Ladbrokes Coral has defied the “sporting gods” to remain on course for a rise in profits despite what the bookmaking major branded a “savage” December for football and horseracing results.
The company, spawned from the £2.3 billion marriage of Ladbrokes and Gala Coral in October, revealed that a leap in internet revenues helped it weather a challenging end to 2016 when a flurry of short-odds favourites triumphed.
Ladbrokes Coral said it was hit by its worst week of the year for football last month, with nine of 11 domestic favourites winning over two days and all four of the top Premier League teams winning on Boxing Day.
In horseracing, the two feature races at Kempton Park on Boxing Day were won by the favourites, with further wins by favourites in Ireland and Wales.
Rival gambling group William Hill also blamed the string of favourites winning in December when it last week revealed a £20 million hit to its profits.
Ladbrokes Coral said: “December will ultimately be remembered for a savage end to the year thanks to the major Christmas race meetings and a bleak set of football results around the holiday period. Whilst not quite as bad as 2014 it was a very disappointing end to the year.”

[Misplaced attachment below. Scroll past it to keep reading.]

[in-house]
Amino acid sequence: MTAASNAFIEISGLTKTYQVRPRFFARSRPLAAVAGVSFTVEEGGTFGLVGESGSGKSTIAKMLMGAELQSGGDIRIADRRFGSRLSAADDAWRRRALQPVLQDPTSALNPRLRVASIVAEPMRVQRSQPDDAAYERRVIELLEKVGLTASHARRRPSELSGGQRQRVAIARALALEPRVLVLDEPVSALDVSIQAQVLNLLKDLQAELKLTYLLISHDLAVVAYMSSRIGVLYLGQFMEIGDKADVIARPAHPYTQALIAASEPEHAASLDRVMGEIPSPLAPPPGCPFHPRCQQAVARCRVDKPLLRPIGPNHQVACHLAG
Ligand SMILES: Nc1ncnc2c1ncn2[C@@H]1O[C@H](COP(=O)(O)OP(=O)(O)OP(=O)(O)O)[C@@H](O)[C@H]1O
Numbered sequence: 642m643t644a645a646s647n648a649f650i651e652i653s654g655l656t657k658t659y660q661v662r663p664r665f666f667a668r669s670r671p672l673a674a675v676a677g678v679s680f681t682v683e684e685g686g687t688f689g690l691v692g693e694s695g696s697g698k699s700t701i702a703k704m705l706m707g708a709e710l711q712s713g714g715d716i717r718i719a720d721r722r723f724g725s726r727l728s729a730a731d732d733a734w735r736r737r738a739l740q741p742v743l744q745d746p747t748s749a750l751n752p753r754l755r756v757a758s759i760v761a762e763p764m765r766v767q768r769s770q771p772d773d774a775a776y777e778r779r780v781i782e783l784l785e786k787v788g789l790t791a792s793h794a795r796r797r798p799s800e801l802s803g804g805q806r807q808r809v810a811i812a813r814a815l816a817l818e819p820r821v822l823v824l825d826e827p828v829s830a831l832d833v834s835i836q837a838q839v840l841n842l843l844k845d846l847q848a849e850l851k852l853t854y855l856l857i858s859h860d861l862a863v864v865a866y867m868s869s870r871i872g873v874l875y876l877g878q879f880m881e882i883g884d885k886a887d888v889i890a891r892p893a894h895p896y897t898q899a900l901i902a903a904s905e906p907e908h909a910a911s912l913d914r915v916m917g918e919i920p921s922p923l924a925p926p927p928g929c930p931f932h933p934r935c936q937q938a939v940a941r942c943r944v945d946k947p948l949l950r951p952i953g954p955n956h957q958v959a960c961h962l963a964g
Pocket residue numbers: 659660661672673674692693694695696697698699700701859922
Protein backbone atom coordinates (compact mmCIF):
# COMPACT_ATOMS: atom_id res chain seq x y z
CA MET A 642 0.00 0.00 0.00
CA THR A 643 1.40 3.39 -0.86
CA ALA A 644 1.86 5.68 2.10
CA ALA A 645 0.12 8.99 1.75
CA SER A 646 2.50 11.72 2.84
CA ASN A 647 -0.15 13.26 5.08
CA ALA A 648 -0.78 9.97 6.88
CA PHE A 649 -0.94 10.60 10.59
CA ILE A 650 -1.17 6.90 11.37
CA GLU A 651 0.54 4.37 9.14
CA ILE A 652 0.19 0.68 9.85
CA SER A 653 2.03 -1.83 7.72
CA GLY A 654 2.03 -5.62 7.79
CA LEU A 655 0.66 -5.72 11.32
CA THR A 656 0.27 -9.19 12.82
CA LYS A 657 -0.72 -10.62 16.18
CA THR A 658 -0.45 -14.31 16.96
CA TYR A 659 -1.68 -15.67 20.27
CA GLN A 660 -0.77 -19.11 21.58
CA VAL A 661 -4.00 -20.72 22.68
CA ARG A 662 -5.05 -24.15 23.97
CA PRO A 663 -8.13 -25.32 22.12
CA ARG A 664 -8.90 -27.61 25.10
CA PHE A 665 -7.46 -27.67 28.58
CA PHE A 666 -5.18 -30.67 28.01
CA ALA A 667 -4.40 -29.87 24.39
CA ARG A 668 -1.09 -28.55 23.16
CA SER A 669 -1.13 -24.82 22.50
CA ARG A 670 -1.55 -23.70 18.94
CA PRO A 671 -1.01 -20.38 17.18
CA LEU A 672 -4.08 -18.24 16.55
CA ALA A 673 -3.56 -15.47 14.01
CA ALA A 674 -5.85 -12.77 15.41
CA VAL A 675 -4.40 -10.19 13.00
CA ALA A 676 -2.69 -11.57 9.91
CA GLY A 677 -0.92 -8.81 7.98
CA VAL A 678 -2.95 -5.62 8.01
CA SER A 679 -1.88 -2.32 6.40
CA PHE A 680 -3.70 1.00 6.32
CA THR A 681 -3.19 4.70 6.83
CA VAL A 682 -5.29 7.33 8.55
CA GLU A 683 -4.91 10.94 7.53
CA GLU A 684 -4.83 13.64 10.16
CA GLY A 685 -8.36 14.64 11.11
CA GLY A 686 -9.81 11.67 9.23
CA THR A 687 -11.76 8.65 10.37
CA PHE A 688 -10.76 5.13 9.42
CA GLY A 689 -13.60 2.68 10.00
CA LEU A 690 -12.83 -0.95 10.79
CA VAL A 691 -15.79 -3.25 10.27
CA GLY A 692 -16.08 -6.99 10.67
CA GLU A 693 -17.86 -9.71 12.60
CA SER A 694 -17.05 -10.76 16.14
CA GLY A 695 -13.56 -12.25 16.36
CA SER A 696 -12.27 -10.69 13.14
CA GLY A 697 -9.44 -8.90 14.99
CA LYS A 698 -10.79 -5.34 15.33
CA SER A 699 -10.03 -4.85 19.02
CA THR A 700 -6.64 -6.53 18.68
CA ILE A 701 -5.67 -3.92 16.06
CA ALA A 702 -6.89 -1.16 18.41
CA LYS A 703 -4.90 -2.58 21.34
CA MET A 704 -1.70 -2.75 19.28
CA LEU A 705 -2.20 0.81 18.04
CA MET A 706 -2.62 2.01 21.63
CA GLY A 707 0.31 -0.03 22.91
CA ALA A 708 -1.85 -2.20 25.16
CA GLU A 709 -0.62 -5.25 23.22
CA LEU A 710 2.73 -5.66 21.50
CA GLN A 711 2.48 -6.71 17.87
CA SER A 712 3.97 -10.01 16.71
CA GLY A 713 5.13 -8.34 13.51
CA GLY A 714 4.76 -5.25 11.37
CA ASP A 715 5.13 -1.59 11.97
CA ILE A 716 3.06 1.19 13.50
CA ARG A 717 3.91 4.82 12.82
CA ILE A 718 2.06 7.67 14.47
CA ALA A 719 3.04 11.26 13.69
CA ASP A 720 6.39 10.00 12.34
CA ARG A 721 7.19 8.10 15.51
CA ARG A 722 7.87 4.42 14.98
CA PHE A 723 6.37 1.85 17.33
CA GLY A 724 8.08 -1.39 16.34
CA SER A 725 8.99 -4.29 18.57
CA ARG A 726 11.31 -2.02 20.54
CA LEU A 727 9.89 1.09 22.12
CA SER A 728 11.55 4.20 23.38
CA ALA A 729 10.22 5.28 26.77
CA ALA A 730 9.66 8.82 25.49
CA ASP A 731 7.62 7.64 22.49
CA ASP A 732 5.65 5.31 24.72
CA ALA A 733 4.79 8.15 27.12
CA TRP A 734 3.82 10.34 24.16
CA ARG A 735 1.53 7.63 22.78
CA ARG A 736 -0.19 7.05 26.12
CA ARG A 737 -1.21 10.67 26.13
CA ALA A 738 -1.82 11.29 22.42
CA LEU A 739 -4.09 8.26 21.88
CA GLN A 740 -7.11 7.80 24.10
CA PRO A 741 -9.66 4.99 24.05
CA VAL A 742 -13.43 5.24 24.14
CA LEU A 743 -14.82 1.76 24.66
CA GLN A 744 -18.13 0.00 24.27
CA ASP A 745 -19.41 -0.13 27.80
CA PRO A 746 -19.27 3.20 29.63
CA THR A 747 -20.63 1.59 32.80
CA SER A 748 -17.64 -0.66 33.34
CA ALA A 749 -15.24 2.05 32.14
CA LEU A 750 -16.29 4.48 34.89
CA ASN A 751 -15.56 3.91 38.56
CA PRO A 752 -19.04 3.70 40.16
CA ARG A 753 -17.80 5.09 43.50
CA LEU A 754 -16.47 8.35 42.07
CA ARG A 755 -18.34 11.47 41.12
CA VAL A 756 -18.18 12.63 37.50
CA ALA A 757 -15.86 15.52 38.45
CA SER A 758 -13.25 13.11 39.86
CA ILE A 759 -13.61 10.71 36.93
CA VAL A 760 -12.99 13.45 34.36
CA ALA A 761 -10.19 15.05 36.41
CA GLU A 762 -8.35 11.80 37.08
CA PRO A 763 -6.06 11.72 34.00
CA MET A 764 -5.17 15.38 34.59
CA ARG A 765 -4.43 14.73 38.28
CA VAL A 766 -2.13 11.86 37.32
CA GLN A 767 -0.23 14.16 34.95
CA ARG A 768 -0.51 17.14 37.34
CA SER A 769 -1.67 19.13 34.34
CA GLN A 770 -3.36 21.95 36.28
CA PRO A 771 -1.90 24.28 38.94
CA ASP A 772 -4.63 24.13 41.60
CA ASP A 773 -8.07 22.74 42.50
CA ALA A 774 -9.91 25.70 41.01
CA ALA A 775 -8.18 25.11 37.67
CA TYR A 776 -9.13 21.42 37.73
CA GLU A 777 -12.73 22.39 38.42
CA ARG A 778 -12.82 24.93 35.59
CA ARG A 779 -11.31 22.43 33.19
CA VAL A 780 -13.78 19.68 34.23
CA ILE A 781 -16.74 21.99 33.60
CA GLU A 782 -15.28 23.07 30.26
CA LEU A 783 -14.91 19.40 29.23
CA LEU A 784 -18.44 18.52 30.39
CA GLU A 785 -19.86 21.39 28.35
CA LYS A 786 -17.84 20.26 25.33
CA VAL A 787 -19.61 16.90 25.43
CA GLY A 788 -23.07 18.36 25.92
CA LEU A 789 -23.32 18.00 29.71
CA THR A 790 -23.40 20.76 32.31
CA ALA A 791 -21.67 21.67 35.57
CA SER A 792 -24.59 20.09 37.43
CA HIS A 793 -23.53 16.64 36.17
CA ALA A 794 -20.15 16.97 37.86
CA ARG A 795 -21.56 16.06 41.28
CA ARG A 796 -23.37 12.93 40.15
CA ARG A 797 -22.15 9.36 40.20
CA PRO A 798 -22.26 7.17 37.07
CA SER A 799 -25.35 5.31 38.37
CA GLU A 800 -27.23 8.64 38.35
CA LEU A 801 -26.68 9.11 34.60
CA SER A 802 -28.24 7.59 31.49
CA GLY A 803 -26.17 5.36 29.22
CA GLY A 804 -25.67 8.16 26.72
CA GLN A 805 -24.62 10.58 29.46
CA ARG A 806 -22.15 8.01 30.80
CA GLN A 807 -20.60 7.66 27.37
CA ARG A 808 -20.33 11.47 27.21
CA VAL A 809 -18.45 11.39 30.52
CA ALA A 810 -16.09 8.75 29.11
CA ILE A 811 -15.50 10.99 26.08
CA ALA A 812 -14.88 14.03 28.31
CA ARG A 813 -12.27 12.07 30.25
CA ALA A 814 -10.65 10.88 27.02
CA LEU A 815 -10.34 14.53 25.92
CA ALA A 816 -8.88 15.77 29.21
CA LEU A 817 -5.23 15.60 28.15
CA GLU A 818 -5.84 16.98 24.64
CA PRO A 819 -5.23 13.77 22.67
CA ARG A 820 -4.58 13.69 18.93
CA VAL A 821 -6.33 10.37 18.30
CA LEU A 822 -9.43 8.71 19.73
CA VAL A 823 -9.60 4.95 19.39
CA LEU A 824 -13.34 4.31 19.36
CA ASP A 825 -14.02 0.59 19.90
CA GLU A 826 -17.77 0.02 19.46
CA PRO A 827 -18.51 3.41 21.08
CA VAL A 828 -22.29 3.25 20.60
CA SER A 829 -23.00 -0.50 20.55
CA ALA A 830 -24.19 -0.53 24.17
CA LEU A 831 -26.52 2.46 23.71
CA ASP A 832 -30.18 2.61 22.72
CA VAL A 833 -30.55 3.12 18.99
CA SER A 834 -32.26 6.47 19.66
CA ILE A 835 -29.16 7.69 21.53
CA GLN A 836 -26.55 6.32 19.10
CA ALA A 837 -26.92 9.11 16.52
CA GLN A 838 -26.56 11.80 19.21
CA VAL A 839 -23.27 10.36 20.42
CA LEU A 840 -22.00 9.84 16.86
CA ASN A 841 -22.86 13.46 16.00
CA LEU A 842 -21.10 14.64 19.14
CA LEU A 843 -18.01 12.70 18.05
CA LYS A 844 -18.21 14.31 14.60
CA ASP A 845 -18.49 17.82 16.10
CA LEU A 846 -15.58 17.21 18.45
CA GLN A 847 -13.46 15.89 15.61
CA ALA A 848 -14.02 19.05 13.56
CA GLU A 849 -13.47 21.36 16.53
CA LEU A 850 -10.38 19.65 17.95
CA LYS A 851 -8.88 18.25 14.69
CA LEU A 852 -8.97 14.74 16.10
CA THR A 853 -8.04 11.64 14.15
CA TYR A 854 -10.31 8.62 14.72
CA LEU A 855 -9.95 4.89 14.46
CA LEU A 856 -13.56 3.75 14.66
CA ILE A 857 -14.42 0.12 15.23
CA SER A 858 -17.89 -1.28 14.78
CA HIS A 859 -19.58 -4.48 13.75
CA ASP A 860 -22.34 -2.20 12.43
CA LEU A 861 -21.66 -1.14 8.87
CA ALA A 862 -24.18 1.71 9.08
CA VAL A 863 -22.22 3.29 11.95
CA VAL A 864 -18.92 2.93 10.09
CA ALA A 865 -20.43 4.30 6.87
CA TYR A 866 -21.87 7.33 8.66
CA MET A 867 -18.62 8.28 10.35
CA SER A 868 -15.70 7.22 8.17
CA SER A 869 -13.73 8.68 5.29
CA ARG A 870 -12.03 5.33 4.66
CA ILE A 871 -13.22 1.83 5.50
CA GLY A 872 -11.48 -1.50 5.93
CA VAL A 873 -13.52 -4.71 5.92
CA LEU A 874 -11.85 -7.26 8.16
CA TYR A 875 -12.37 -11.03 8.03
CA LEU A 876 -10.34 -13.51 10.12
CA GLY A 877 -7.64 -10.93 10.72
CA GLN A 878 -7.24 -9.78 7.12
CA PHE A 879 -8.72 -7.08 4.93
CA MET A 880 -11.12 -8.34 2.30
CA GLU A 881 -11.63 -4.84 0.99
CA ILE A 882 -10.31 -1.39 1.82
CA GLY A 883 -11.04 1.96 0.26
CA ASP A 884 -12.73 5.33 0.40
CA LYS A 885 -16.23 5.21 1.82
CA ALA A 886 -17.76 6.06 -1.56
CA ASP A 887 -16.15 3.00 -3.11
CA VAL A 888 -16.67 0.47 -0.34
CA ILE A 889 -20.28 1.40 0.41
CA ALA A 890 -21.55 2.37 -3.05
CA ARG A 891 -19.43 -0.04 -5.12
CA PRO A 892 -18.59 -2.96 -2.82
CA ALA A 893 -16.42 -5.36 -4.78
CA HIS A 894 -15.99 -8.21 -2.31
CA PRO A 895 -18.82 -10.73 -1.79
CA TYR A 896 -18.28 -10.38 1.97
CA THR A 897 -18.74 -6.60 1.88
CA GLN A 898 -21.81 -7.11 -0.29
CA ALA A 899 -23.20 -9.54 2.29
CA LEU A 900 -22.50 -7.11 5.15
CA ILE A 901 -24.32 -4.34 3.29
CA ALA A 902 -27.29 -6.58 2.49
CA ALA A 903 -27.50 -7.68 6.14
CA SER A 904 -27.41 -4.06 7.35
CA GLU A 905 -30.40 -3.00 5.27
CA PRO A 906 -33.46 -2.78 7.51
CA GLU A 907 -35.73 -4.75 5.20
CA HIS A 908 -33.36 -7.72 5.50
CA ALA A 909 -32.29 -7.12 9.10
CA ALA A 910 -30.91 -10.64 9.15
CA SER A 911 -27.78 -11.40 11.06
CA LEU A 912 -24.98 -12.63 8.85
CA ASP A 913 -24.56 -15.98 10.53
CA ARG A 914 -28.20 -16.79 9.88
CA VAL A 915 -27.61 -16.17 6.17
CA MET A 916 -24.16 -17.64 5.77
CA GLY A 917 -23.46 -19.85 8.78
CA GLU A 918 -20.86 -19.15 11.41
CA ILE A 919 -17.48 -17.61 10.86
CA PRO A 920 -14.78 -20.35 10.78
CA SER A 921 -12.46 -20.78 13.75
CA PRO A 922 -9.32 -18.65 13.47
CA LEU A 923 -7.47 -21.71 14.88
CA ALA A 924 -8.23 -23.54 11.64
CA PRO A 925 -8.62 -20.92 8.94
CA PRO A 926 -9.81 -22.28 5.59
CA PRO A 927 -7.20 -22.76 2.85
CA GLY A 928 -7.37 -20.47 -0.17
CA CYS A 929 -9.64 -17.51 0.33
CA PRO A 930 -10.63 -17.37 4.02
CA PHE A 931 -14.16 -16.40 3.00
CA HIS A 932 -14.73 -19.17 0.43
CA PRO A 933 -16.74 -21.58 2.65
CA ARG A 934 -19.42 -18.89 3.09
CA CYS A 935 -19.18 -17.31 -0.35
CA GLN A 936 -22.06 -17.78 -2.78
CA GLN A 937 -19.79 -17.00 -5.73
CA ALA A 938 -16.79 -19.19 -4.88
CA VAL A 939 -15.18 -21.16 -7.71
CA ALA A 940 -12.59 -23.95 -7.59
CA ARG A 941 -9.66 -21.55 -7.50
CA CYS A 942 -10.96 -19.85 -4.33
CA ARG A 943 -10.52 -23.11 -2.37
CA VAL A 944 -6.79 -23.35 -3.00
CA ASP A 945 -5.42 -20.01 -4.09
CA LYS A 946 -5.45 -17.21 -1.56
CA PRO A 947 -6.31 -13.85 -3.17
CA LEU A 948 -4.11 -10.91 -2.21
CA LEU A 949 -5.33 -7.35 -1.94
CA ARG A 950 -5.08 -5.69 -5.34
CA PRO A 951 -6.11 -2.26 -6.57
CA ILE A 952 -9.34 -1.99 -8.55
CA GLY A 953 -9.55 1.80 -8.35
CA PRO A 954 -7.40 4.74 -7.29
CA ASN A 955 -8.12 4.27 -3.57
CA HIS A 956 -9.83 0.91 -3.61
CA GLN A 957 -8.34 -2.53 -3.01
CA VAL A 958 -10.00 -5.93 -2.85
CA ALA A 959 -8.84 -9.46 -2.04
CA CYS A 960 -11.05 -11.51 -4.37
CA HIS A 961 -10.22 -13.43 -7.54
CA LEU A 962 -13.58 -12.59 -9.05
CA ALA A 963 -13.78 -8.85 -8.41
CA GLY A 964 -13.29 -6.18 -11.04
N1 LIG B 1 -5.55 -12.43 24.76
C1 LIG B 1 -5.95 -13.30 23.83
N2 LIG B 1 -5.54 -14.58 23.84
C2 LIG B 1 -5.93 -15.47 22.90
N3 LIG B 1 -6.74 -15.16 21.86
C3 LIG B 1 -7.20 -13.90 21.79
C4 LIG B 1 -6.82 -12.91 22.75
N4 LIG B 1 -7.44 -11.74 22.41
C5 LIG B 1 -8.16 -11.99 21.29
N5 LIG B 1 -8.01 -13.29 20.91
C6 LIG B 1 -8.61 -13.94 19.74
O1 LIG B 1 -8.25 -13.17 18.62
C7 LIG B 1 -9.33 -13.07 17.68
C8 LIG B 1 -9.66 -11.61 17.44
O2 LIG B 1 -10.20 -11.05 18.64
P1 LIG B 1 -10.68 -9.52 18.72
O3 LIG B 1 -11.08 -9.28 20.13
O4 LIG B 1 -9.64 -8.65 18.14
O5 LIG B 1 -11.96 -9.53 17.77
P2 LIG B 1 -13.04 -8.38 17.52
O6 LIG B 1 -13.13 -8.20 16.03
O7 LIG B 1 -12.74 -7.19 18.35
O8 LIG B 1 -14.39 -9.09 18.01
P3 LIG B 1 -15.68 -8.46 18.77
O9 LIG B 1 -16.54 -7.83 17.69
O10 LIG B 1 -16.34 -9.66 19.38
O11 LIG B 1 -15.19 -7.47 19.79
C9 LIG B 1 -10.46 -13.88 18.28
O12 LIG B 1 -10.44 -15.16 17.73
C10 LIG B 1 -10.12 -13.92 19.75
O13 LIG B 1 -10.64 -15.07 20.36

However, chief executive Jim Mullen hailed what he said was an encouraging start to the life of the newly merged business as its 2016 profits remain on track to meet a forecast range of between £275m and £285m.
Proforma 2015 earnings for the two separate businesses would have been around £235 million, Ladbrokes Coral said.
Mullen added: “While the sporting gods did not look favourably on us in the period, it is pleasing to report that the business continued to perform well.”
Ladbrokes Coral saw digital net revenues leap 18 per cent in the final three months of the year, offsetting a poor performance from its high street shops where net revenues slid 4 per cent.
Chelsea’s string of victories in December, ended by a 2-0 defeat to Tottenham in January, saw punters cash in at the expense of Britain’s bookmakers.
Ladbrokes Coral added that its run of football bad luck was aggravated as only six of the 58 Premier League football fixtures in that month finished in a draw. That is less than half the historical average.
One leisure analyst said: “Overall, a decent performance.” The group’s shares closed up 3.2 per cent at 128.5p.